An anonymous reader quotes a report from Vox: There's an old truism in the business world: what gets measured gets managed. One of the challenges in managing the greenhouse gas emissions warming the atmosphere is that they aren't measured very well. The ultimate solution to this problem-- the killer app, as it were -- would be real-time tracking of all global greenhouse gases, verified by objective third parties, and available for free to the public. Now, a new alliance of climate research groups called the Climate TRACE (Tracking Real-Time Atmospheric Carbon Emissions) Coalition has launched an effort to make the vision a reality, and they're aiming to have it ready for COP26, the climate meetings in Glasgow, Scotland, in November 2021 (postponed from November 2020). If they pull it off, it could completely change the tenor and direction of international climate talks. It could also make it easier for the hundreds of companies, cities, counties, and states that have made ambitious climate commitments to reliably track their process.
In addition to [Al Gore, who had been looking for more reliable ways to track emissions] and WattTime, [which intends to create a public database that will track carbon emissions from all the world's large power plants using AI], the coalition now contains:
-Carbon Tracker uses machine learning and satellite data to predict the utilization of every power plant in the world;
-Earthrise Alliance aggregates and organizes publicly available environmental data into a format meaningful to journalists and researchers;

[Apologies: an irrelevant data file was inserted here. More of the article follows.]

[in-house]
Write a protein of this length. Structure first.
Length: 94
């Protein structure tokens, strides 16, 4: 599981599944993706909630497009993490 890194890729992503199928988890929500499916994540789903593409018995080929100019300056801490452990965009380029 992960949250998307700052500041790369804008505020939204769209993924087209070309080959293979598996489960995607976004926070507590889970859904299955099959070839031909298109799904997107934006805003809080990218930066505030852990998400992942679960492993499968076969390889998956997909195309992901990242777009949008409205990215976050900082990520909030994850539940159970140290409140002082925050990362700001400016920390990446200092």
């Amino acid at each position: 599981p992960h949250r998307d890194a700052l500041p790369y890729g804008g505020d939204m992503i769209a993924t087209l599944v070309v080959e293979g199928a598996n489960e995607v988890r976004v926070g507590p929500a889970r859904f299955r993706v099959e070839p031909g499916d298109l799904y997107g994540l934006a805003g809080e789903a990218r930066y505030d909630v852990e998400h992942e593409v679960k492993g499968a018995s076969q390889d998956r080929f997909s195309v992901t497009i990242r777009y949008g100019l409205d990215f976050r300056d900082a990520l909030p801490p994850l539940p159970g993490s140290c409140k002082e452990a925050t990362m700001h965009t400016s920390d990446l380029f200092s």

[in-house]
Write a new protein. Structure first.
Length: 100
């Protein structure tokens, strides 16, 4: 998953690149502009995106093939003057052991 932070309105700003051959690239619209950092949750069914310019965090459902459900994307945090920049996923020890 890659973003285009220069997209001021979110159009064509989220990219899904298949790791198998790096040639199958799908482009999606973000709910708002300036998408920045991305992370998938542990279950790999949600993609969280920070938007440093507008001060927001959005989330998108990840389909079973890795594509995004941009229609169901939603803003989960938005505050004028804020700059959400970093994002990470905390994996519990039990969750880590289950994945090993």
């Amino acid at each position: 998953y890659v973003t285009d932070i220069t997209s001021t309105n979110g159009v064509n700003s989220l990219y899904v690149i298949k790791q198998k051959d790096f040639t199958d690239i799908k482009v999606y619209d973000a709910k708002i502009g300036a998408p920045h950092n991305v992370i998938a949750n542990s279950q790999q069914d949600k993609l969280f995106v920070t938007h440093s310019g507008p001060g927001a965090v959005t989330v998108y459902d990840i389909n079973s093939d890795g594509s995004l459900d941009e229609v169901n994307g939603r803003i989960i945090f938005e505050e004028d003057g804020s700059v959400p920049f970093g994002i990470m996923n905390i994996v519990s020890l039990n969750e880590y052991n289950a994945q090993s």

-CarbonPlan uses satellite data to track changes in aboveground biomass (especially forests) and the associated carbon emissions, down to a spatial resolution of 300 meters;
-Hudson Carbon uses satellite data to track changes in agricultural cover, cropping, and tilling, down to the level of the individual field, and compares that data against ground-level sensors;
-OceanMind uses onboard sensors to track the global movement of ships in real time and combines that with engine specs to extrapolate carbon emissions;
-Rocky Mountain Institute combines multiple sources of data to quantify methane emissions from oil and gas infrastructure;
-Hypervine uses spectroscopic imagery to track vehicle usage and blasting at quarries;
-Blue Sky Analytics uses near-infrared and shortwave infrared imagery from satellites to track fires.
The coalition will also be gathering data from a variety of other sources, from power grid data to fuel sales, sensor networks, and drones. Gore acknowledges that "this is a work in progress," but says the coalition is aiming big: "everything that can be known about where greenhouse gas emissions are coming from will be known, in near-real time."
not much to say other than theres a lot invested here, and hopefully some of it amounts to some good of some sort, but honestly - i think we just need more trees, no plastic, and less crap in general. to make what would be a painfully obvious thing slightly less painful by dulling the details since we are all too familiar.
anyway, have a beautiful morning of it, yeah? :-)